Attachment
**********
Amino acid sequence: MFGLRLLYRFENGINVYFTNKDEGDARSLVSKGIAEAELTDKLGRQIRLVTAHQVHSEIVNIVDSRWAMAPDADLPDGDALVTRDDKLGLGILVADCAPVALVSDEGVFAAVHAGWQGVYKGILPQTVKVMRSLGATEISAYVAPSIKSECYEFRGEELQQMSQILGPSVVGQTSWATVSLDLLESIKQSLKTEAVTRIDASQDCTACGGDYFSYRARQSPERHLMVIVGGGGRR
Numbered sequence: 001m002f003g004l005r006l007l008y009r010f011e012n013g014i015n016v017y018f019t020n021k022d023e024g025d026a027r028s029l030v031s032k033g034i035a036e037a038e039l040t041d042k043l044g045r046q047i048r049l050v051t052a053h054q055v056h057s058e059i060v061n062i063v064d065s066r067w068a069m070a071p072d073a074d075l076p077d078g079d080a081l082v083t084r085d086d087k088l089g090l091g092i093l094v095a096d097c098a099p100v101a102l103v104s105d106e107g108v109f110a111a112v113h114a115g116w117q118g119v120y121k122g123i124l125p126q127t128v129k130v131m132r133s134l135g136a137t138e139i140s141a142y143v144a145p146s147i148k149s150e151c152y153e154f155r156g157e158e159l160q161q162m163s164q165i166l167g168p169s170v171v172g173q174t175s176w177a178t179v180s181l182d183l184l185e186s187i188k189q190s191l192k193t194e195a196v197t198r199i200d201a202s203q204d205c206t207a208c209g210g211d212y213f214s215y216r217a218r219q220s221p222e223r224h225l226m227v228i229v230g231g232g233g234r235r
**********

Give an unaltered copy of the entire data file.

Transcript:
Amino acid sequence: MFGLRLLYRFENGINVYFTNKDEGDARSLVSKGIAEAELTDKLGRQIRLVTAHQVHSEIVNIVDSRWAMAPDADLPDGDALVTRDDKLGLGILVADCAPVALVSDEGVFAAVHAGWQGVYKGILPQTVKVMRSLGATEISAYVAPSIKSECYEFRGEELQQMSQILGPSVVGQTSWATVSLDLLESIKQSLKTEAVTRIDASQDCTACGGDYFSYRARQSPERHLMVIVGGGGRR
Numbered sequence: 001m002f003g004l005r006l007l008y009r010f011e012n013g014i015n016v017y018f019t020n021k022d023e024g025d026a027r028s029l030v031s032k033g034i035a036e037a038e039l040t041d042k043l044g045r046q047i048r049l050v051t052a053h054q055v056h057s058e059i060v061n062i063v064d065s066r067w068a069m070a071p072d073a074d075l076p077d078g079d080a081l082v083t084r085d086d087k088l089g090l091g092i093l094v095a096d097c098a099p100v101a102l103v104s105d106e107g108v109f110a111a112v113h114a115g116w117q118g119v120y121k122g123i124l125p126q127t128v129k130v131m132r133s134l135g136a137t138e139i140s141a142y143v144a145p146s147i148k149s150e151c152y153e154f155r156g157e158e159l160q161q162m163s164q165i166l167g168p169s170v171v172g173q174t175s176w177a178t179v180s181l182d183l184l185e186s187i188k189q190s191l192k193t194e195a196v197t198r199i200d201a202s203q204d205c206t207a208c209g210g211d212y213f214s215y216r217a218r219q220s221p222e223r224h225l226m227v228i229v230g231g232g233g234r235r